That’s no dwarf planet…

July 15, 2015 • 9:00 am

by Grania

Jerry forwarded this on to me doing his best Castiel impression.

Capture

 

For the other three of you out there who, like Jerry, also do not get this reference, it’s a Star Wars thing. Episode IV*, A New Hope for the sake of completeness.

* Episode IV was technically Episode I, just so there’s no confusion.

Hat-tip: John Williamson

34 thoughts on “That’s no dwarf planet…

  1. I posted this earlier today by sharing from “I fucking love science” Facebook group. Lots of great science posts there.

    1. This discovery is a perfect example of the serendipity that can occur when you are poking around at the limits.

      “We asked a graduate student [Nathan Jurik of Syracuse University] to examine what we thought was an uninteresting and minor source of background events, just in case it happened to be a nasty source of experimental noise,” Stone says. “He did it begrudgingly but came back with a big smile on his face because there was a huge and unexpected signal. We told him to forget about what he was working on and focus on this instead.”

      Love that.

        1. And why funding curiousity is important!

          try explaining that to a beancounter.
          It’s almost worth leasing a baseball bat to try to get the message in. (Leasing is, of course, more tax efficient than actually buying equipment. Most of the time.)

  2. Yep, I didn’t get the Star Wars reference, either. I gave up after 20 minutes of whatever film it was. All sci-fi leaves me cold except ‘1984’.
    Are we still unsure whether Pluto’s a planet? In that case, I suggest we call it ‘Goofy’: nobody knows what Goofy is either. x

    1. It would be holistically unpleasant to call Pluto a planet. Until we find out every solar system looks like ours, with one and only one dwarf planet outside some gas giants and inside a radius of 40 AU, then no; not a planet.

      Though you could argue that Pluto is like Dyonysus, not really a god to most Christians, but a god nevertheless.

      1. Until we find out every solar system looks like ours

        That is an unrealistic option. Once we get a statistically significant sample of sufficiently characterised planetary/ stellar systems that we haven’t found any surprises for [pick a rubber band ; stretch it ; that long ; more or less], then we can start talking about normal versus abnormal planetary/ stellar systems.
        Since we’ve got between 2^3 and 2^4 digits (well, most of us) maybe “we’ve increased our data set by a factor of 10 since we last had to re-write the rule book” would be a workable criterion for saying that we’ve got a good working model of how planetary/ stellar systems behave.

  3. We are promised a stream of more detailed pictures that will be released over time. I am waiting to learn more about rumors of a small thermal exhaust port only two meters wide…

          1. Self Defense!

            “The Beggar’s Canyon womp rat reproduced at an alarming rate. Once it reproduced to such a point that the population could not be kept in check, and womp rats were hunting Jawas and raiding storehouses. The Imperial prefect of Tatooine and the Affiliated Moisture Farmers then passed a bounty ordinance of ten credits per rat.[starwars.wikia.com/wiki/Womp_rat]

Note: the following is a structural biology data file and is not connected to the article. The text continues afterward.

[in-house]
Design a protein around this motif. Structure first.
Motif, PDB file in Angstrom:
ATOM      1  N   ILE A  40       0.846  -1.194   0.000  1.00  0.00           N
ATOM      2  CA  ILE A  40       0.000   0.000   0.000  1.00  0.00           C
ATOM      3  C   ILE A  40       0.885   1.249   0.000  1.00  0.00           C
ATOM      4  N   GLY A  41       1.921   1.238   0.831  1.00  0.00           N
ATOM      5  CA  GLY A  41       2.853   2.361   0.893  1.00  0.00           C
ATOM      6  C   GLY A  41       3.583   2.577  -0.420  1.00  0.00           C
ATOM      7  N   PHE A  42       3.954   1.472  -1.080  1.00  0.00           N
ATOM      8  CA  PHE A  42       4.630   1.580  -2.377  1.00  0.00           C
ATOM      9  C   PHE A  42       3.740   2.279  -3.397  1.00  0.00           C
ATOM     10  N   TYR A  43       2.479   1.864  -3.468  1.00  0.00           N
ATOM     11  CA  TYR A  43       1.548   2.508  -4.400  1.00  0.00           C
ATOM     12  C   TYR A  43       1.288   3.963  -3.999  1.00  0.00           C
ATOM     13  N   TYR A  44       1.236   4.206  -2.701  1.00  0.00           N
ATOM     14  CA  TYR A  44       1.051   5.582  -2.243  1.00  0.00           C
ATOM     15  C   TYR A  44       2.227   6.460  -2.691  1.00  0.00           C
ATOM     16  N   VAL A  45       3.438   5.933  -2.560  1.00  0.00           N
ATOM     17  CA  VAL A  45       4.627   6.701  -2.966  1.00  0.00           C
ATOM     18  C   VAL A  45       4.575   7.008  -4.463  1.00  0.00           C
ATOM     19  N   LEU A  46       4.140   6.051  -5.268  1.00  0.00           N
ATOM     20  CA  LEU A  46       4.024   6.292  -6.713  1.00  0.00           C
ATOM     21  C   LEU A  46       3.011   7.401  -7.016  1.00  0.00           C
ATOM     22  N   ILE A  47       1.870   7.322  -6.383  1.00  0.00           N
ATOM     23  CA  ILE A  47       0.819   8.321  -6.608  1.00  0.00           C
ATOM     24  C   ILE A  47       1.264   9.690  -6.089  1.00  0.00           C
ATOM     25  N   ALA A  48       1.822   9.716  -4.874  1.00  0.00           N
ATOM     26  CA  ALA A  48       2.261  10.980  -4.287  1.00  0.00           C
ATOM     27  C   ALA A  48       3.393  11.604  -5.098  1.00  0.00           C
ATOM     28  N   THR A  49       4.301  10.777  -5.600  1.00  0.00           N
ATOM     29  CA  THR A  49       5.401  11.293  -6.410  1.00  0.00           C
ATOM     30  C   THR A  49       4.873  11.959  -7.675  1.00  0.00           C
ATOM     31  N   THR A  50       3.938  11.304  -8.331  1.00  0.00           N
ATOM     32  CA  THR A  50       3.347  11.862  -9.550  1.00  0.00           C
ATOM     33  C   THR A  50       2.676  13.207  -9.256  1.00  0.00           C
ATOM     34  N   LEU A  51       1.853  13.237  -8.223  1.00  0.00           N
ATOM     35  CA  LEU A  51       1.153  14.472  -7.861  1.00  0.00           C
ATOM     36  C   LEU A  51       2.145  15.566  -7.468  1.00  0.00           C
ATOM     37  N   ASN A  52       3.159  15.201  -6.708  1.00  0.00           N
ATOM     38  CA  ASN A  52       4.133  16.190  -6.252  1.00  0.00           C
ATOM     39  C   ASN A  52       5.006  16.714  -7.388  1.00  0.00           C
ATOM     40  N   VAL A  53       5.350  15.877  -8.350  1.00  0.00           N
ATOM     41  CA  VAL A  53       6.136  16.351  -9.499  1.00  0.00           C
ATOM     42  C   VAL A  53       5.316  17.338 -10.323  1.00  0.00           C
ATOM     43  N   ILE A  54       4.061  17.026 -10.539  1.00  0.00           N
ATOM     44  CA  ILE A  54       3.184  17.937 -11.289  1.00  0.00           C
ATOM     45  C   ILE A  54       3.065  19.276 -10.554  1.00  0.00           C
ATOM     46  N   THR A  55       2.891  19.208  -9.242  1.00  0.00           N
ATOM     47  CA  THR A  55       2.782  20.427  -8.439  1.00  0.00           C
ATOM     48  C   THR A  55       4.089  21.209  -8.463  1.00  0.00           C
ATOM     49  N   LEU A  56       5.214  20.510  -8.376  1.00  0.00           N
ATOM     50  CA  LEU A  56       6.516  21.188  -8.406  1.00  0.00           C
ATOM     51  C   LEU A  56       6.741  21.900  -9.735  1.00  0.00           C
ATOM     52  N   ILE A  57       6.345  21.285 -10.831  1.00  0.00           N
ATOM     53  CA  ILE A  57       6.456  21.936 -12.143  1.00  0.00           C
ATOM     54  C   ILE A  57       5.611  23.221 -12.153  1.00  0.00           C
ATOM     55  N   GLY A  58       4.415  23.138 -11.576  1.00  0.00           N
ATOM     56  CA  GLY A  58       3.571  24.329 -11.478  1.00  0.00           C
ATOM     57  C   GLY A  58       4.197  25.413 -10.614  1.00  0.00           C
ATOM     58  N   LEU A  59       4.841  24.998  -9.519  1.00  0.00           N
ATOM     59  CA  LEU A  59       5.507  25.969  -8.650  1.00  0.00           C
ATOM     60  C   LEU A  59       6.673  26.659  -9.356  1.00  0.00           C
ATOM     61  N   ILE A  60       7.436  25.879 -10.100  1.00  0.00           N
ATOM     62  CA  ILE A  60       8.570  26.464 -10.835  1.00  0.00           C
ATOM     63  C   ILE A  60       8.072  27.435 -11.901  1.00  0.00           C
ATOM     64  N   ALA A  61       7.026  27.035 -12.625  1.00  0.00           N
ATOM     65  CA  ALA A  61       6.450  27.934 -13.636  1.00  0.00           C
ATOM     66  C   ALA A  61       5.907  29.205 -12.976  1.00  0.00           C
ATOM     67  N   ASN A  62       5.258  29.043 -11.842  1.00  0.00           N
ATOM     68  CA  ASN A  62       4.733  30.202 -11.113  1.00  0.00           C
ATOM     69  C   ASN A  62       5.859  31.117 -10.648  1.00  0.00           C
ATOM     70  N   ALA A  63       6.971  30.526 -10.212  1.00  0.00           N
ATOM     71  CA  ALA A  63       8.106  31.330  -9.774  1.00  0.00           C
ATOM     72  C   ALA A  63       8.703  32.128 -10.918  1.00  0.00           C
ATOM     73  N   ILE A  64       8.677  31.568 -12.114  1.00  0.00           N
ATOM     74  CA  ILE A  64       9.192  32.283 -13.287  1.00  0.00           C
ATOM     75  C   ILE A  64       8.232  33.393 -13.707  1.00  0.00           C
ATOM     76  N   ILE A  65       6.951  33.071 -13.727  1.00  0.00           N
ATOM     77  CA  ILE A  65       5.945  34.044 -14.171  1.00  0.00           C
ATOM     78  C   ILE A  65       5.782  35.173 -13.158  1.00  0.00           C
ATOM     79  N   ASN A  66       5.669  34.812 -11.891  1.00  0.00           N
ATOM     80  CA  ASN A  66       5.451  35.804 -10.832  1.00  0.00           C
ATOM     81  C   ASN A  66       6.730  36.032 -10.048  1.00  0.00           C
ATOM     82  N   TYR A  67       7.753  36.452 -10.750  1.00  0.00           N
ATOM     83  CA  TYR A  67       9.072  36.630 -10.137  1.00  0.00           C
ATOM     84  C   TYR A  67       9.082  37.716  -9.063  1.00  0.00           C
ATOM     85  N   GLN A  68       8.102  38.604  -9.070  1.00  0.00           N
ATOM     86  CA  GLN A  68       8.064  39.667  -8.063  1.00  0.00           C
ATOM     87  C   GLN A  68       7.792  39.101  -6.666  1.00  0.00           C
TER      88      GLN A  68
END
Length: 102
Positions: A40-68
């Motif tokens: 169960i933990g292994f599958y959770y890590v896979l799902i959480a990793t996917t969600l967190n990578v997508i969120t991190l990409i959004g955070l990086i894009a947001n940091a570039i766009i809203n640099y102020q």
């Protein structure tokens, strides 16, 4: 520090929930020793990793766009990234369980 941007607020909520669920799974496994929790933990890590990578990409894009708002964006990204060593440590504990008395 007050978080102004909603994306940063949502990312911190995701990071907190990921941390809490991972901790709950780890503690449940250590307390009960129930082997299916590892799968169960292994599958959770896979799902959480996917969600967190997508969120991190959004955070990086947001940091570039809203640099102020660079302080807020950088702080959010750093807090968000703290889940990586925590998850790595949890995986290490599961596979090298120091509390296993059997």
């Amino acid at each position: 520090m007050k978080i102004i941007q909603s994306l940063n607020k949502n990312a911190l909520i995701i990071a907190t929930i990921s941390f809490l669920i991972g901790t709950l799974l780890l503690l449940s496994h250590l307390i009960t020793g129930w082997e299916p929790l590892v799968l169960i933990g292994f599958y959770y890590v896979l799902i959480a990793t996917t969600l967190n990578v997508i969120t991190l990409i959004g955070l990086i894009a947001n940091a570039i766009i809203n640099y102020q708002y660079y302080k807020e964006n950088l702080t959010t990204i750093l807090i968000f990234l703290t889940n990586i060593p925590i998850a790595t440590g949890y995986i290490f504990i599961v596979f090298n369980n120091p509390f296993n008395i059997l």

4. For the sake of completeness, my foot. It wasn’t until the film’s third re-release (in 1981) that George Lucas added that “Episode IV, A New Hope” bit to prints of Star Wars and it wasn’t until the 90s that anyone started insisting to anyone else that the film actually be referred to by the cumbersome compound title.

    The correct, complete title of Star Wars is Star Wars.

    1. I remember that right from the start in 1977 we were told there would be three trilogies, and the second was being released before the first so as not to spoil plot stuff, which mainly turned out to be who Luke’s father and sister were. It’s taken nearly 40 years, but we’re finally getting parts VII, VIII and IX.

      1. I believe you’re misremembering. Back in 1977 (so far as anyone can tell) no prequels were planned or even hoped for. The idea of epsiode numbering was introduced in the second draft of the sequel to The Empire Strikes Back, written in 1978. At this point, Lucas used “Episode II” as the numbering (suggesting that the idea of prequels had not yet entered his head). And it was only in this second draft of the script that the idea of Vader being Luke’s father makes its first appearance.

        (See, for instance, the wikipedia entry for The Empire Strikes Back.)

  5. Oh, love the tweet! Very witty!

    (And I ‘got it’ notwithstanding that I don’t like Star Wars. That thing is almost as iconic as a Dalek).

    cr

  6. Space Exploration is vitally important if the Human Species is to survive, at some point we are going to have to get off our beautiful Planet so the more money spent on Space the better.

    1. Give up. There’s no where to go. The other planets are, and will remain, dead and unsuitable for human habitat. Planets outside of the solar system are too far away to be more than optical amusement.

      We need to simply treat this planet as though it is what it is: a wonderful place for humans and all other known carbon based life forms (“Carbon units” if you like Star Trek movies).

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